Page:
most people, especially women chose to spend their time on a ‘real’ lunch or chatting in person to a colleague
Overall most men and women when challenged by the ‘Email Doctor' as to what they would do if they had the chance of gaining an extra 45 minutes in their working day – would choose going out for a ‘proper lunch’ with a business colleague or client. A close second choice was doing some exercise such as a brisk walk, yoga a jog or in joint second place, planning a client site visit and their third choice was to go and chat to a colleague.
Email Doctor and Expert,Dr Monica Seeley who ran this informal survey (among nearly one hundred respondents) as part of research for her forthcoming book, ‘Brilliant Email’(*1) believes that with better email management everyone can reclaim at least 45 minutes in their working day.
“The fact that most people, especially women chose to spend their time on a ‘real’ lunch or chatting in person to a colleague, reflects the overload that everyone is feeling in their working lives. The virtual world of communication is brilliant but we have to remember to balance that with time for face to face communication and investing in our working and personal relationships. It’s not too grand a claim to say that managing email efficiently will not just save time and increase productivity, but it will also enhance the quality and effectiveness of our lives,” says Dr Seeley.
There were some interesting differences between men and women’s answers. Taken separately mens’ top three choices of how they would spend their extra time were to do some email (or filing!), secondly to blog, tweet or update their Facebook page and thirdly to do some exercise. Women said they would go out to lunch as their first choice, do some exercise and thirdly go and chat to a colleague. Dr Seeley comments that just as in previous research where she analysed the different email writing styles(*2), of men and women, many men appear to conform to their stereotype. They seem to prefer electronic communication (especially social media) over face to face or direct contact whereas women positively relish the opportunity of an informal ‘chat’ or lunch with a colleague or client. However, both select taking exercise as being something they’d like to give more time to.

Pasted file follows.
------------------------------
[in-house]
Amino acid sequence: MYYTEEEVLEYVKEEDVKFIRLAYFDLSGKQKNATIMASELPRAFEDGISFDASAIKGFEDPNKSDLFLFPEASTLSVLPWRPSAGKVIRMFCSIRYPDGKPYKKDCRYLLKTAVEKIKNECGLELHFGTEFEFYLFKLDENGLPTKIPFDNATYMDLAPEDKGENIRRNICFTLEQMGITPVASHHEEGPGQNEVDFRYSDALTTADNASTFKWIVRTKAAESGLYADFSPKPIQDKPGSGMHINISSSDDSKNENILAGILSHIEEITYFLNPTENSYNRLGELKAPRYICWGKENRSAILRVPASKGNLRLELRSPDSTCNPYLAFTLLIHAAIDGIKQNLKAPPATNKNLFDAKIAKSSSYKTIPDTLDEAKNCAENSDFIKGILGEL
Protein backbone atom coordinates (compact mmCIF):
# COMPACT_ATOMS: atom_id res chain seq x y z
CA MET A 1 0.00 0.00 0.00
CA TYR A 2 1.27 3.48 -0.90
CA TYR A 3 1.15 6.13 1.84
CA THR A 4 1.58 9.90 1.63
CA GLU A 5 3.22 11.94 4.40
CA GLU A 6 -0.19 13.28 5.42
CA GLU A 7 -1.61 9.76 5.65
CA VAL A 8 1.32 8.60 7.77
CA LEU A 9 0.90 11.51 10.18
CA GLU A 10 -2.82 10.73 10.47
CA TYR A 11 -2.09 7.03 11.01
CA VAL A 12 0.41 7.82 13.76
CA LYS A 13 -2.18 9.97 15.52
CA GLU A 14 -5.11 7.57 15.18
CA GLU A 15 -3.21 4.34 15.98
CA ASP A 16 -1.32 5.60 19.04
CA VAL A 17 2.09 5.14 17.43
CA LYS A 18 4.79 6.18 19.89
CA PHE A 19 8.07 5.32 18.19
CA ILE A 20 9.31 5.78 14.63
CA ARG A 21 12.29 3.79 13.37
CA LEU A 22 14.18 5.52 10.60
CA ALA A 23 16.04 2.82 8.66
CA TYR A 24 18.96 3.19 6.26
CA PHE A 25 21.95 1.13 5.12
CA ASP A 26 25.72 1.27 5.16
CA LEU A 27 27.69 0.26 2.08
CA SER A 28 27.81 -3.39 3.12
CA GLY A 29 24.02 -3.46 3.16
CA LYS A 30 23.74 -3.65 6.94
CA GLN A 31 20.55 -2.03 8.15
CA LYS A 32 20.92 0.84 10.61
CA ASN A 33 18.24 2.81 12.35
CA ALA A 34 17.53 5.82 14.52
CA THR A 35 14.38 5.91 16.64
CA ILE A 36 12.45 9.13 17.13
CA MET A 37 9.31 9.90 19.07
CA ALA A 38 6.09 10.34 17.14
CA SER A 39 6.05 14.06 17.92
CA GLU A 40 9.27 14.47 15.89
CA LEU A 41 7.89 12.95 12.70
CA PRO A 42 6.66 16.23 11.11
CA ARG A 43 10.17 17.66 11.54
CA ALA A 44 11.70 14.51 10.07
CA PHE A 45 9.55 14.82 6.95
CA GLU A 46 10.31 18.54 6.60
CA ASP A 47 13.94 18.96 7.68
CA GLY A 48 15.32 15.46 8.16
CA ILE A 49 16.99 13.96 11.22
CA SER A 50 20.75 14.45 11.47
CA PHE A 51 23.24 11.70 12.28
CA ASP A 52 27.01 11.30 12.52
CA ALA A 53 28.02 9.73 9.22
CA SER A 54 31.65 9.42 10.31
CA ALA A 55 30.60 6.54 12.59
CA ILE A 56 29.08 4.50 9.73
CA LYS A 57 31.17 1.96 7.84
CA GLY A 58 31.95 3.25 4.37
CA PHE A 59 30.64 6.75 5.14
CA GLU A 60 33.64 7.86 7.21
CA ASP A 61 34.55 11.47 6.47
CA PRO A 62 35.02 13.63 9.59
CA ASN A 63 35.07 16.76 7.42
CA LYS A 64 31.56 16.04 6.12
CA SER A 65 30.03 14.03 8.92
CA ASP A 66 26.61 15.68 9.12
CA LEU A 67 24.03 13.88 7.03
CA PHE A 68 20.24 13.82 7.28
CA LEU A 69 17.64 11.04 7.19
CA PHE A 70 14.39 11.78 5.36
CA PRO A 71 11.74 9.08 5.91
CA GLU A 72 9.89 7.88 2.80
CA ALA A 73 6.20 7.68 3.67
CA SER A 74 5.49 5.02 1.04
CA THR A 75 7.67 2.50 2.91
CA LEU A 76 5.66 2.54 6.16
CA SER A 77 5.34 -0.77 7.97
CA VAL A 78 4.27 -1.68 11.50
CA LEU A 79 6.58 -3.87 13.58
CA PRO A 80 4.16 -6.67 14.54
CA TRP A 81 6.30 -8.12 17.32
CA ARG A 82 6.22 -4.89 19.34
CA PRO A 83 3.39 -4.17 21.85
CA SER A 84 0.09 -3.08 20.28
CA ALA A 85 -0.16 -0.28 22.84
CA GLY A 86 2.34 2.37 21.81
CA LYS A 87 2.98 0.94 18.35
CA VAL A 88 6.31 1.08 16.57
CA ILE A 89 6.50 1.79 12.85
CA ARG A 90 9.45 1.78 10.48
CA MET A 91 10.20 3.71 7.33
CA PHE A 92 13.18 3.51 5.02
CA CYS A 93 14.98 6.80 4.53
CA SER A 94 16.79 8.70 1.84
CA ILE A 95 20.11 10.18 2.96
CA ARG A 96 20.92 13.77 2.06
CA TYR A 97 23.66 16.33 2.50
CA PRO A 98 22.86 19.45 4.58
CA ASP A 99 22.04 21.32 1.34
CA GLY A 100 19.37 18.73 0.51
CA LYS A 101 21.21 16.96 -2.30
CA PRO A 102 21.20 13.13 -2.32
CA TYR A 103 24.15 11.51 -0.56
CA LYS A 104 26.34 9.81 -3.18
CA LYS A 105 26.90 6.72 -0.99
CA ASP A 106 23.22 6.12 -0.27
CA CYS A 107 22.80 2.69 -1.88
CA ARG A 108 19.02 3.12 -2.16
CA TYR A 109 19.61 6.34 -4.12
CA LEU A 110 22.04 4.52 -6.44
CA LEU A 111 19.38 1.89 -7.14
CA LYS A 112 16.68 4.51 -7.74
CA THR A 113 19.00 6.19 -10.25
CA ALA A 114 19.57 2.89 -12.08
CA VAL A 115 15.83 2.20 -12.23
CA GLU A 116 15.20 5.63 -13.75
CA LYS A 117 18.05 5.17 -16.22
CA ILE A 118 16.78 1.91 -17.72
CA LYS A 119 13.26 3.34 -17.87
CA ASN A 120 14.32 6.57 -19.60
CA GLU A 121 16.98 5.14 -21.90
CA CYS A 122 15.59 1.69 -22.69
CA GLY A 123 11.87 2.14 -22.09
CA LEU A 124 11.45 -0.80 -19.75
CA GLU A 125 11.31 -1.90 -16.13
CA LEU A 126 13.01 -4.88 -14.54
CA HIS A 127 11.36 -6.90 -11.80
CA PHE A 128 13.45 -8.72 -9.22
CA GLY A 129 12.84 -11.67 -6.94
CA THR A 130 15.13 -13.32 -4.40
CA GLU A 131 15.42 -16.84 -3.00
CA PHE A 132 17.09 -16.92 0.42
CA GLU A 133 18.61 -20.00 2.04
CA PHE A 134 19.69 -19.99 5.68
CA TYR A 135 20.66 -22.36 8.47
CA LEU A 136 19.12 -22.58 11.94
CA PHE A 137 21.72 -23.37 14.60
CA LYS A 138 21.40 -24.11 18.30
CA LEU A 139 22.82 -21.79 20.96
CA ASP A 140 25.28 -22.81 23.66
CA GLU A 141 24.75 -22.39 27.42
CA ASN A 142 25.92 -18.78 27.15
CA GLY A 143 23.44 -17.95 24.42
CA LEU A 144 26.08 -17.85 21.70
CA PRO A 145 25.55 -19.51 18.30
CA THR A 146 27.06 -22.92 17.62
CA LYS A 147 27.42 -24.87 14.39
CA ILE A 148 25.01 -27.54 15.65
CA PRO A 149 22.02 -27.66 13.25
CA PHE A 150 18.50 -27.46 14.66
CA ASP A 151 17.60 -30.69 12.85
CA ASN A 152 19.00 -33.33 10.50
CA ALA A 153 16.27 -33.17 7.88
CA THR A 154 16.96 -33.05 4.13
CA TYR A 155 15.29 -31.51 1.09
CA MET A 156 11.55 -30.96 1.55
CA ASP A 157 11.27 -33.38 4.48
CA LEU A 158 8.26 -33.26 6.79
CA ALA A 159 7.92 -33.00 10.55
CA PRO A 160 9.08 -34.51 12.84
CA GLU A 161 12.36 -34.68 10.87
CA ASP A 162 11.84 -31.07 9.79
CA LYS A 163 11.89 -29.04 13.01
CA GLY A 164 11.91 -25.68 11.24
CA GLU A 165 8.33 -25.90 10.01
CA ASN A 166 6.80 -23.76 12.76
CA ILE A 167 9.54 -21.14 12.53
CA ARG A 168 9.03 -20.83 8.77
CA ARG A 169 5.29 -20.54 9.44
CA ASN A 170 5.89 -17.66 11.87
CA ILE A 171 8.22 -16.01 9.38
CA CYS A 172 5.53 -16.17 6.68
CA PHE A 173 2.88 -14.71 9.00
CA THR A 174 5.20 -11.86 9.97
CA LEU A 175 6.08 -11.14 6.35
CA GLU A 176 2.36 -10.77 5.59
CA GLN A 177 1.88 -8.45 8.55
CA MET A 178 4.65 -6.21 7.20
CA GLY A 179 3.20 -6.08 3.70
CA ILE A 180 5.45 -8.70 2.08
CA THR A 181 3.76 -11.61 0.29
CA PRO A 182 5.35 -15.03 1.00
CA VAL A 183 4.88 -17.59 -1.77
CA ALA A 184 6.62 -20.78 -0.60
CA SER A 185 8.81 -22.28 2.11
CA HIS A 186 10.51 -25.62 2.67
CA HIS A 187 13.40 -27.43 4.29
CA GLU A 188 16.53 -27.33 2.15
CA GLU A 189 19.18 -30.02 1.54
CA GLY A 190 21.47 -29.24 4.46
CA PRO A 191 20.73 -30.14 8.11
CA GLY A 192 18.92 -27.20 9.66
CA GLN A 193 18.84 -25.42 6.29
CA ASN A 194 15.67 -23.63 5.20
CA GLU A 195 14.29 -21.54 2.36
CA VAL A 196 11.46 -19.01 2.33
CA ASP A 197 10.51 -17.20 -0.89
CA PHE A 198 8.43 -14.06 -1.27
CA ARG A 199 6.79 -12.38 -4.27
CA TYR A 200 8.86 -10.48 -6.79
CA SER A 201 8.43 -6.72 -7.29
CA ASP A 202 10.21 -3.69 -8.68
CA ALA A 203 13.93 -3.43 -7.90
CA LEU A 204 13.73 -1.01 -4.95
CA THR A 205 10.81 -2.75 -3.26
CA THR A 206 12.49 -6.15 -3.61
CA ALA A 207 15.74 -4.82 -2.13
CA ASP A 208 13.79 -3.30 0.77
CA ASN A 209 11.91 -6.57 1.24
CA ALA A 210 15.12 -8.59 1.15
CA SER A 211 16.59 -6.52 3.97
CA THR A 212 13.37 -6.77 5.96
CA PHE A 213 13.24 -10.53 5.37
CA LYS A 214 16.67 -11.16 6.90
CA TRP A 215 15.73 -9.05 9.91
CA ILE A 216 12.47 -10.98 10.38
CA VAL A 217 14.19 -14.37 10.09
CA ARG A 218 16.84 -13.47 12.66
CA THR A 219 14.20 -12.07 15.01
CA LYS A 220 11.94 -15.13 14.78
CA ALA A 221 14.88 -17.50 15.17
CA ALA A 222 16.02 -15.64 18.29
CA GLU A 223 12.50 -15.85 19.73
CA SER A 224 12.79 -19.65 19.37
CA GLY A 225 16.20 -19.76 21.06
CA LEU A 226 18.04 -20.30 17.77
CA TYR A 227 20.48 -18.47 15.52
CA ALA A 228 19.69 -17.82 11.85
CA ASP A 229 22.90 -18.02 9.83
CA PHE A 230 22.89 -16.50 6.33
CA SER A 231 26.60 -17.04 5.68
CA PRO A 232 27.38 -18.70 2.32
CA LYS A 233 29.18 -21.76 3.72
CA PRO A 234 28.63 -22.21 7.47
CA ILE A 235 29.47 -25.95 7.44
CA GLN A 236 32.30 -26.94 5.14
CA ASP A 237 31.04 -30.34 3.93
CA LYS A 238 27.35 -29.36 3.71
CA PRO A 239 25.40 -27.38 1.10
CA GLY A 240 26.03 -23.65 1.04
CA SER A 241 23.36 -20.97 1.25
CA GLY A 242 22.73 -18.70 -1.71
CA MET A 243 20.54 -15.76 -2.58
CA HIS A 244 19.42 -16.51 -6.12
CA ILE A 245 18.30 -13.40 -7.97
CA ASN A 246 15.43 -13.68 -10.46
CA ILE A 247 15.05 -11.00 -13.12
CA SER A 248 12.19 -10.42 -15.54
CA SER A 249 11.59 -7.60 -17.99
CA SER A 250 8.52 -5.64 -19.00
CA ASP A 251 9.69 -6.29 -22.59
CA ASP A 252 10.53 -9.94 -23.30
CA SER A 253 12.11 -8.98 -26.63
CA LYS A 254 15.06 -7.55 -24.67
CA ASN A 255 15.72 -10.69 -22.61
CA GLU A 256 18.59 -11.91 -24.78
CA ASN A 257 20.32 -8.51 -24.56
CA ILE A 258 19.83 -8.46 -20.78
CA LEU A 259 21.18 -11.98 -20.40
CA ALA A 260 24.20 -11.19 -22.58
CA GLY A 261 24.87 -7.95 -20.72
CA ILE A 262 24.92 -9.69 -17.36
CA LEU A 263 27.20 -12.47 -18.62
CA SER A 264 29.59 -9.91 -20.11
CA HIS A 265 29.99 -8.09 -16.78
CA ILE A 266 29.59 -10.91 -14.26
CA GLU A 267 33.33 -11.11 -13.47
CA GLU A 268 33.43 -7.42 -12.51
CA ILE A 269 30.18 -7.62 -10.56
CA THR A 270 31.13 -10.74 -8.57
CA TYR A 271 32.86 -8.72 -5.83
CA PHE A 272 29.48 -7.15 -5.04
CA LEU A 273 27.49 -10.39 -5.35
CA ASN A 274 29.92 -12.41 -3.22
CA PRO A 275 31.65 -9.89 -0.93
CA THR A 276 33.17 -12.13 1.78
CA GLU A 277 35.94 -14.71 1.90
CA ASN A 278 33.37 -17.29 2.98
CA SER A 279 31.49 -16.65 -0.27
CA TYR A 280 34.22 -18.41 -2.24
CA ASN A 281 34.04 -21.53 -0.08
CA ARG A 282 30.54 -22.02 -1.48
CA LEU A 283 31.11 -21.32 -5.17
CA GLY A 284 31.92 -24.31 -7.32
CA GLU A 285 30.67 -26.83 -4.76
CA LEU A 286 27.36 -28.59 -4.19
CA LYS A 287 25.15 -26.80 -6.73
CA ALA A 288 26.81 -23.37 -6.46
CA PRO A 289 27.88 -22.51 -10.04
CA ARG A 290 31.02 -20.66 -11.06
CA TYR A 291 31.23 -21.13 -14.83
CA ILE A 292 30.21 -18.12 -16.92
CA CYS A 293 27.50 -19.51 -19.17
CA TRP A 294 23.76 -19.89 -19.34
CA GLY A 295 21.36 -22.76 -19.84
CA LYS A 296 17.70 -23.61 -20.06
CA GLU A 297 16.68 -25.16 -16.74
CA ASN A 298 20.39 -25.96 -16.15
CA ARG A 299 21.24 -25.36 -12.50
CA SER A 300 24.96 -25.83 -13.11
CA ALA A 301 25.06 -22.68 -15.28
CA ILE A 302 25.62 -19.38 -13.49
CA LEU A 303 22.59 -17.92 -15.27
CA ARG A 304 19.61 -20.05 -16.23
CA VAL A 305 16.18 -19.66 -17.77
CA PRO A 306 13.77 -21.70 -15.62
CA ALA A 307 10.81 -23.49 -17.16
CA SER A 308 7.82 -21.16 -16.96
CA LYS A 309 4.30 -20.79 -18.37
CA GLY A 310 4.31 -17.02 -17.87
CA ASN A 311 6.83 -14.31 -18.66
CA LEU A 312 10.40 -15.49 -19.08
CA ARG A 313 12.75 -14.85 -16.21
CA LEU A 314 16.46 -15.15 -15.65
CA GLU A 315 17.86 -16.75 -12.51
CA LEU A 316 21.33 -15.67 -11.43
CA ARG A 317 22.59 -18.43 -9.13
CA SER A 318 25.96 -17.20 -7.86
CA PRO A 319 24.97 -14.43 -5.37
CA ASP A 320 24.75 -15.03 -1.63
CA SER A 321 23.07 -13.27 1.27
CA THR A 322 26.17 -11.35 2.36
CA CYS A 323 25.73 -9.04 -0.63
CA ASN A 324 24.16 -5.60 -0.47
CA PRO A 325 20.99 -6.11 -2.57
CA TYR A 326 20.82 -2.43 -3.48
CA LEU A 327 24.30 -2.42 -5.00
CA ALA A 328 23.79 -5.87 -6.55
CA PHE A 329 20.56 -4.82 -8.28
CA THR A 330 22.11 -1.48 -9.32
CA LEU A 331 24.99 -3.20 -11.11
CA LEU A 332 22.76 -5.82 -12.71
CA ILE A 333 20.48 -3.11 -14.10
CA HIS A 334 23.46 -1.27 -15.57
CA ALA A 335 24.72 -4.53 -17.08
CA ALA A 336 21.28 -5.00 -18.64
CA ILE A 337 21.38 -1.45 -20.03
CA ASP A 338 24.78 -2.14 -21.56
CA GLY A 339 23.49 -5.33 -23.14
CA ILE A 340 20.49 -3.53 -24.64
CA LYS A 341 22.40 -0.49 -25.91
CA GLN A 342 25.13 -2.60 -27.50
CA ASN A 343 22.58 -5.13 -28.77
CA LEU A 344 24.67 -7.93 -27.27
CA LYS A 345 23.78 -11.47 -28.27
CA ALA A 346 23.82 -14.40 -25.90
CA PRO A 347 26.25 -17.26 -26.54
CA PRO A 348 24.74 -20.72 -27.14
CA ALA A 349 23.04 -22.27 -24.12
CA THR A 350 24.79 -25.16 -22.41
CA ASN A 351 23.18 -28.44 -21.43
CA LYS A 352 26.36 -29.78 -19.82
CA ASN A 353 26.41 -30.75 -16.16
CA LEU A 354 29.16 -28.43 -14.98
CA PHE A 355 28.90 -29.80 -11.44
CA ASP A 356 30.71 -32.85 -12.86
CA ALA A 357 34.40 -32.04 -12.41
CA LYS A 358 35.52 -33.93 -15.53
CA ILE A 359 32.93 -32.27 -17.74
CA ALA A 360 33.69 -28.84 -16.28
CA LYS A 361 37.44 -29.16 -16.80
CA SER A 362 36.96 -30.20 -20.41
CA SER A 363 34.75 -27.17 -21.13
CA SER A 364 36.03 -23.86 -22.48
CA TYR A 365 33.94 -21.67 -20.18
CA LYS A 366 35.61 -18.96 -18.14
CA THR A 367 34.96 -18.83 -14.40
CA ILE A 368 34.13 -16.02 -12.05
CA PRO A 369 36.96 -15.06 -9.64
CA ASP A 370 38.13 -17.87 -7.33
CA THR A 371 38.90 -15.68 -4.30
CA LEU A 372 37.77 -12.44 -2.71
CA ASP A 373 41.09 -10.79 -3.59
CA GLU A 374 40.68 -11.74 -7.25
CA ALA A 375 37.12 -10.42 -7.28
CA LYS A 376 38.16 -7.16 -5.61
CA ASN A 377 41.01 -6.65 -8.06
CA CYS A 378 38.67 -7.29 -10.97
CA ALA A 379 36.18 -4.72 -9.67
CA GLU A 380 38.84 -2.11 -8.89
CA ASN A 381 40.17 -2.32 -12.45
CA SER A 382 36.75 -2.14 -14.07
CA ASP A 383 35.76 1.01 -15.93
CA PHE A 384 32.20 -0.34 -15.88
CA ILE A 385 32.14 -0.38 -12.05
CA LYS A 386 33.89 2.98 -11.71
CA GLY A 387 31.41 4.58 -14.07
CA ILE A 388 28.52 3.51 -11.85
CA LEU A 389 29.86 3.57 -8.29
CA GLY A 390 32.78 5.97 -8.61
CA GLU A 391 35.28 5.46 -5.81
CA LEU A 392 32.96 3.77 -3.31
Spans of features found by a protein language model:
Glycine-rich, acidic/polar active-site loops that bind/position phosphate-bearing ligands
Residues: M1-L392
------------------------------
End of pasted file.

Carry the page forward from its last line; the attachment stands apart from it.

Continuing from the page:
“I think people genuinely miss the mid-day break as we are all being asked to do more in less time. Frequently lunch is nothing more than a grabbed sandwich at the desk between emails and calls. Similarly the choice by both sexes of communication and contact with colleagues and friends, be it through a blog or face to face reflects a deep need to maintain good relationships. Lastly, the exercise choice suggests to me that everyone wants to invest more in themselves and follow a healthier lifestyle give the time and opportunity. So my message has to be, ‘Sort your email and you will help sort your life’, and when shall we ‘do’ lunch?”
For further information: Please contact Lorna Campbell - PR Consultant on 07836 625999 or firstname.lastname@example.org or Monica Seeley at Mesmo on 01202 434340 or email@example.com or www.mesmo.co.uk or via Twitter at http://twitter.com/emaildoctor
*1 ‘Brilliant Email’ by Dr Monica Seeley will be published by Pearson in November 2010.
*2 Men’s emails tend to be short, monosyllabic and often devoid of greetings/niceties vs. female emails which usually start and end with greetings, include personal touches and are usually longer.
Dr Monica Seeley , founder of Mesmo Consultancy , is an international leading expert on email best practice. Monica specialises in enabling organisations and individuals to manage their inbox more effectively to improve business performance. Drawing on a wealth of experience (from businesses of all sizes and sectors), Dr Seeley has helped many organisations implement an enterprise wide email best practice strategy. As the ‘Email Doctor' on Twitter - Monica posts daily tips on smart email management.
Monica is a Senior Visiting Fellow at Sir John Cass Business School, City University. Her research studies include the future of email and the use of social networking tools to gain sustainable business benefits.
Clients include APACS, Accenture, BT, Balfour Beatty, Gucci Group, HM Treasury, Fulcrum, Islington Council, KPMG (Channel Islands), Lafarge, Levi Strauss, Lloyds Bank, New Forest District Council, Rolls-Royce, St Andrews University, St Helens Council, Shepherd Construction and Young’s Brewery.
Monica is a respected commentator on the effective strategic use of electronic communications. Until 2008 she was author of The Times Crème Section column ‘PC Stress Busters’ and is co-author of ‘Managing in the Email Office’. Her new book ‘Brilliant Email’ is due to be published by Pearson in November 2010.
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